Skip Navigation Links 
NOAA logo - Click to go to the NOAA homepage National Weather Service   NWS logo - Click to go to the NWS homepage
The Weather Prediction Center



Follow the Weather Prediction Center on Facebook Follow the Weather Prediction Center on Twitter
NCEP Quarterly Newsletter
WPC Home
Analyses and Forecasts
   National High & Low
   WPC Discussions
   Surface Analysis
   Days ½-2½ CONUS
   Days 3-7 CONUS
   Days 4-8 Alaska
   Flood Outlook
   Winter Weather
   Storm Summaries
   Heat Index
   Tropical Products
   Daily Weather Map
   GIS Products
Current Watches/

Satellite and Radar Imagery
  GOES-East Satellite
  GOES-West Satellite
  National Radar
Product Archive
WPC Verification
   Medium Range
   Model Diagnostics
   Event Reviews
   Winter Weather
International Desks
Development and Training
WPC Overview
   About the WPC
   WPC History
   Other Sites
Meteorological Calculators
Contact Us
   About Our Site is the U.S. Government's official web portal to all federal, state, and local government web resources and services.
Short Range Public Discussion
(Caution: Version displayed is not the latest version. - Issued 0754Z Apr 12, 2021)
Version Selection
Versions back from latest:  0   1   2   3   4   5   6   7   8   9   10   
Abbreviations and acronyms used in this product
Geographic Boundaries -  Map 1: Color  Black/White       Map 2: Color  Black/White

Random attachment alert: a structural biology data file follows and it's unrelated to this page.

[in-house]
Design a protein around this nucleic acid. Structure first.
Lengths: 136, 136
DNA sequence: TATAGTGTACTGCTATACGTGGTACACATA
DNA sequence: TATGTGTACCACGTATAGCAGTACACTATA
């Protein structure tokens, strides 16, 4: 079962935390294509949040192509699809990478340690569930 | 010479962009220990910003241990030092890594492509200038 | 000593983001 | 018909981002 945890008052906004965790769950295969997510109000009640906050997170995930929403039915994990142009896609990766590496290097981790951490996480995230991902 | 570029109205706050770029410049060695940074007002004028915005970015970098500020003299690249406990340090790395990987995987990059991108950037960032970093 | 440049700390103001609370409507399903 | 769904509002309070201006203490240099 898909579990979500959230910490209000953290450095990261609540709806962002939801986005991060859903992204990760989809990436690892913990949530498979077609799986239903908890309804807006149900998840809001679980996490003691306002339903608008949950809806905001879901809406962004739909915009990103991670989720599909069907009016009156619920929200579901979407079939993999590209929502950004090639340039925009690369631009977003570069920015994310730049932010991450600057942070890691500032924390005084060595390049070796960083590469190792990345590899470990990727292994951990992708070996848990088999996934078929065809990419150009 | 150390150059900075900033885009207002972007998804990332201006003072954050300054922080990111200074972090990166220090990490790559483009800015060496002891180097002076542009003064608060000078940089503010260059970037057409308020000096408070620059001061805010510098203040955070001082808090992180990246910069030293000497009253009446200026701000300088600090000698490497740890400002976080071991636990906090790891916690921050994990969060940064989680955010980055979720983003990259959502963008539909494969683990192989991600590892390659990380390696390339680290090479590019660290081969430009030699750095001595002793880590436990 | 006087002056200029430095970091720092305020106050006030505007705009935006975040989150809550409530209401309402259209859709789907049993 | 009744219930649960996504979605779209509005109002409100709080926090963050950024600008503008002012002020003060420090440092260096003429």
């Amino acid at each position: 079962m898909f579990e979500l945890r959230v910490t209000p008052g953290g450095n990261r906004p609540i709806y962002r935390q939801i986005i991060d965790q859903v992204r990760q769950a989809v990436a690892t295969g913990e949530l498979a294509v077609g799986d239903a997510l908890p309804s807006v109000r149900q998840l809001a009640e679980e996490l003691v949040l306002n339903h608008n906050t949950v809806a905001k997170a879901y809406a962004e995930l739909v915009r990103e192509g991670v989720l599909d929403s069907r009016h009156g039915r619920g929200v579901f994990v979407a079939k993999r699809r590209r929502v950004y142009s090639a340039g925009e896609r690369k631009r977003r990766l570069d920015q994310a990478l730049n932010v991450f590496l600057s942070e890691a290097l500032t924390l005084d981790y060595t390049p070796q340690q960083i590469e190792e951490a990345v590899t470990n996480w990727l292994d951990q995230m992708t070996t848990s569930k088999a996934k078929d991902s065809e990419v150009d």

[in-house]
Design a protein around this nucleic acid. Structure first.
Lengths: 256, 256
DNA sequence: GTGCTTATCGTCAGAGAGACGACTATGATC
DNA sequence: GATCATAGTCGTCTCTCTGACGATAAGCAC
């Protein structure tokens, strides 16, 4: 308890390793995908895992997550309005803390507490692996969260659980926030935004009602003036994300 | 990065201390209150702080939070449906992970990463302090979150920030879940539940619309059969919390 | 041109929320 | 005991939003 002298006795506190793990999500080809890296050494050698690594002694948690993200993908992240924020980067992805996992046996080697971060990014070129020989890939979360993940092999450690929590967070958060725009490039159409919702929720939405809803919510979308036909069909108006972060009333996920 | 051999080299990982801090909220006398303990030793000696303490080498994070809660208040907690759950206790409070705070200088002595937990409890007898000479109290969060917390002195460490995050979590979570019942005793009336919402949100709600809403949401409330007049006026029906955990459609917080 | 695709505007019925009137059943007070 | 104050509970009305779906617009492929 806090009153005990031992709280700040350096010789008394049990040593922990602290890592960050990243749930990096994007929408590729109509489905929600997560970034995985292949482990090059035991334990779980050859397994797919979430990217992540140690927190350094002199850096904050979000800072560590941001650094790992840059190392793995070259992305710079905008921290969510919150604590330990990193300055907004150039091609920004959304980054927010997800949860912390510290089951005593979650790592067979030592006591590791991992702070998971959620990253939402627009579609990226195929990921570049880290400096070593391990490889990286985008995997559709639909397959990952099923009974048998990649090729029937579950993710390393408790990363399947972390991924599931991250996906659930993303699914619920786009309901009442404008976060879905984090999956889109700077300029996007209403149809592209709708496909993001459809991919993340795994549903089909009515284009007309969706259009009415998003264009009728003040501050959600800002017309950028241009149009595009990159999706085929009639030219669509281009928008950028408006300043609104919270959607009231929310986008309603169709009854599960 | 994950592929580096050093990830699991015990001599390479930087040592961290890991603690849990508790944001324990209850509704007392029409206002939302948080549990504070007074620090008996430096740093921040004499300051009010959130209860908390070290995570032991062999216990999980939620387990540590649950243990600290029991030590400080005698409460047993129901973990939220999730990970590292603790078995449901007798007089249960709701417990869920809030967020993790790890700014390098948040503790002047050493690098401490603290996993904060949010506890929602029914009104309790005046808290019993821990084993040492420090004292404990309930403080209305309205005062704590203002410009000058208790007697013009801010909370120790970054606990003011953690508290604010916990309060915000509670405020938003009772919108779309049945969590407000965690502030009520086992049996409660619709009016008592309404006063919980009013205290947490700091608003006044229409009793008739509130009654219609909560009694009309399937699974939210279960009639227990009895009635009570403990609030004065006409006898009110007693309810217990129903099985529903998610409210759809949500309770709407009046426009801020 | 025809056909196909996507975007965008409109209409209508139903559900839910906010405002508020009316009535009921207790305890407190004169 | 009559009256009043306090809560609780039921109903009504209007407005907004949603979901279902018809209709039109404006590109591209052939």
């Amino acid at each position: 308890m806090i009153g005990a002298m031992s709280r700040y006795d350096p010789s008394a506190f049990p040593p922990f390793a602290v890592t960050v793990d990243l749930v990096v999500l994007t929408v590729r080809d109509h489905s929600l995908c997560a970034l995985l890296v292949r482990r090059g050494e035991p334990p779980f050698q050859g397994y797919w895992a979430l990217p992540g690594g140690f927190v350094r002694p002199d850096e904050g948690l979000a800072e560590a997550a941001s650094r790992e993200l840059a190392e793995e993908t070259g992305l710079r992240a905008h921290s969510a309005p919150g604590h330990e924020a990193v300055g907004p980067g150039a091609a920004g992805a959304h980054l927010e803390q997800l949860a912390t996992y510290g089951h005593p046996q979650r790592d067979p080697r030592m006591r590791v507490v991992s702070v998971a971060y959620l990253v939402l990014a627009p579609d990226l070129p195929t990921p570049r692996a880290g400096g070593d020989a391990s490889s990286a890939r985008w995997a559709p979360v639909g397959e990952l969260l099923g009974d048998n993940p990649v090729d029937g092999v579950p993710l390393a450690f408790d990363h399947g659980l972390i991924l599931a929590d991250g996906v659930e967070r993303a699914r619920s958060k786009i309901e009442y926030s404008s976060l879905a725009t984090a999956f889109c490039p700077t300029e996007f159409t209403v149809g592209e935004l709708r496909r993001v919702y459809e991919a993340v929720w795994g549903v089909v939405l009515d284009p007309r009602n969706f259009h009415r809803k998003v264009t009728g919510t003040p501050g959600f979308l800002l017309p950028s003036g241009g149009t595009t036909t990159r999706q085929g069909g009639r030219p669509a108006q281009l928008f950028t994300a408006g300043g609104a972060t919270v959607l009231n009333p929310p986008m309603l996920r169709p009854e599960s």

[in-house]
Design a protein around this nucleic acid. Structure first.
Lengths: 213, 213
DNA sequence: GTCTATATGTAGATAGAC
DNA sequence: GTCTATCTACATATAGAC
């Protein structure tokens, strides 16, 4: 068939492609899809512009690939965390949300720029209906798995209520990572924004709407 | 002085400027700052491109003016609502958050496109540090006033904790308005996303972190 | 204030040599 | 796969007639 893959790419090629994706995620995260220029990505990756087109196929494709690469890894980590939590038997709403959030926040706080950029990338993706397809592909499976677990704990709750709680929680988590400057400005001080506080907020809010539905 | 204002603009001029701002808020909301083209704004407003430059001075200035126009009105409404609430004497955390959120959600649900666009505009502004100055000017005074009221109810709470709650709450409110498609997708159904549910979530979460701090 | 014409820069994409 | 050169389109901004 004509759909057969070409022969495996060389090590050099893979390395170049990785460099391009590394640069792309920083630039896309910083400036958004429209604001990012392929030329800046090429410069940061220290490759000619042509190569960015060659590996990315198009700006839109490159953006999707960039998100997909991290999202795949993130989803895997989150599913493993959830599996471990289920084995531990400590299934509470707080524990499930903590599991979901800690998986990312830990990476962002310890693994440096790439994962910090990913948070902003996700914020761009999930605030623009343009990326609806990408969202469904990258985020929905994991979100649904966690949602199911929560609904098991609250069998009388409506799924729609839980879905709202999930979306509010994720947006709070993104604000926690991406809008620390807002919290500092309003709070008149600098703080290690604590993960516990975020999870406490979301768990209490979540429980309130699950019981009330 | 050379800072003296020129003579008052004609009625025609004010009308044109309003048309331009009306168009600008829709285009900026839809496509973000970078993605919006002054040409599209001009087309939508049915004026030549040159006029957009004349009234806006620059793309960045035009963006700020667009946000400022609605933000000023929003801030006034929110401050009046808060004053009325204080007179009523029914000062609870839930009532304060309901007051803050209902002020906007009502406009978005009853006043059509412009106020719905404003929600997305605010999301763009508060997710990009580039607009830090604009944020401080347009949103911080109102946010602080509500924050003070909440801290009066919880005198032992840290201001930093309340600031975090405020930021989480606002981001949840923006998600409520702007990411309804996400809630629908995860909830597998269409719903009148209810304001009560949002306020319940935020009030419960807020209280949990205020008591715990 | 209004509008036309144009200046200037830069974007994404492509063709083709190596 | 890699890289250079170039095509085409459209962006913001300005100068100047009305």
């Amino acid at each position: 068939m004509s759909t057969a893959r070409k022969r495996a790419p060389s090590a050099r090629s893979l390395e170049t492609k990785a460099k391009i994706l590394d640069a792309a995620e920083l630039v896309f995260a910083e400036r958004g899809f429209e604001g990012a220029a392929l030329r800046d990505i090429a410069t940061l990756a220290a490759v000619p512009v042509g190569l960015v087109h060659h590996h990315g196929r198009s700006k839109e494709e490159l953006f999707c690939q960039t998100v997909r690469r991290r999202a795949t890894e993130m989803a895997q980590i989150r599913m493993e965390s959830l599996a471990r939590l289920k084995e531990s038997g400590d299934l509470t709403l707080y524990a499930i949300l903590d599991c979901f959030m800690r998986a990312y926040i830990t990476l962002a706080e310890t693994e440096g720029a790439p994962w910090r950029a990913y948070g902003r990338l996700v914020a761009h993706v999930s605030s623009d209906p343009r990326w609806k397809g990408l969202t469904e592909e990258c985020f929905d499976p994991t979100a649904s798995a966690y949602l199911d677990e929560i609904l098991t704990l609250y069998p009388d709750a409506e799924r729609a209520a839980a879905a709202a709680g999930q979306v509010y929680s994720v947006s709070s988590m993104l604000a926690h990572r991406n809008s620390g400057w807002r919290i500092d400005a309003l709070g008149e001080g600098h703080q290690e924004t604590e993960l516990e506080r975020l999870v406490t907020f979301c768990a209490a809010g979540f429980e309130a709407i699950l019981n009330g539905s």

Short Range Forecast Discussion NWS Weather Prediction Center College Park MD 354 AM EDT Mon Apr 12 2021 Valid 12Z Mon Apr 12 2021 - 12Z Wed Apr 14 2021 ...Scattered showers and a few thunderstorms are possible from the Great Lakes to the Northeast today; accumulating wet snow expected the next couple of days in the far Northern Plains... ...Mountain snow gradually develops and expands across the northern and central Rockies; lingering frontal boundary to trigger showers and thunderstorms in the South Central U.S... ...Favorable conditions for Elevated to Critical fire weather conditions in the Southwest to continue into the middle of the week... An upper level blocking jet stream pattern across North America will result in a low pressure system becoming quasi-stationary over the Upper Midwest for the next couple of days. The area of low pressure works in tandem with an upper level low tracking into the northern Mid-Atlantic today to generate scattered showers and possibly some embedded thunderstorms from the Great Lakes to the Northeast Coast through Monday night. Along with unsettled weather, this blocking pattern over Canada allows for colder than normal conditions to set up shop from the Northwest into the Nation's Heartland the first half of the week. In fact, enough sub-freezing air aloft will be available for wet snow to develop near the Canadian border and over the northern Plains. An extended period of steady snowfall rates is forecast to result in 6 to 12 inches of snow accumulations by Wednesday morning for the northern half of North Dakota into northwestern Minnesota. Farther west, the blocking pattern will also force a cold upper low to form and dip across the Pacific Northwest toward the Great Basin for the next couple of days. This brings colder temperatures together with gradual development and expansion of mountain snow across the Northwest, the northern Great Basin, and both the northern and central Rockies. The coldest temperature departures (15 to 20 degrees below normal) are forecast to occur in the northern High Plains both Monday and Tuesday. In contrast, warmer and wetter conditions are anticipated in the South Central U.S. to kickoff the week. A Slight Risk for severe weather is in place over central Texas today with a Marginal Risk (for both severe weather and excessive rainfall) over the Lower Mississippi Valley on Tuesday. In the Southwest, low relative humidity levels along with breezy conditions and dry fuels will support an Elevated Risk for fire weather in parts of Arizona and New Mexico. There is also an Elevated Risk for fire weather in central Nebraska today as well. Conditions only grow more favorable for fire weather as the aforementioned upper trough in the Northwest deepens, creating a stronger wind field along with persistent low humidity levels and dry fuels. This has resulted in a Critical Risk for fire weather in the lower Great Basin on Tuesday. Depending on the position and intensity of the upper trough, fire weather could remain an ongoing issue in the Southwest and lower Great Basin into the middle of the week. Mullinax Graphics available at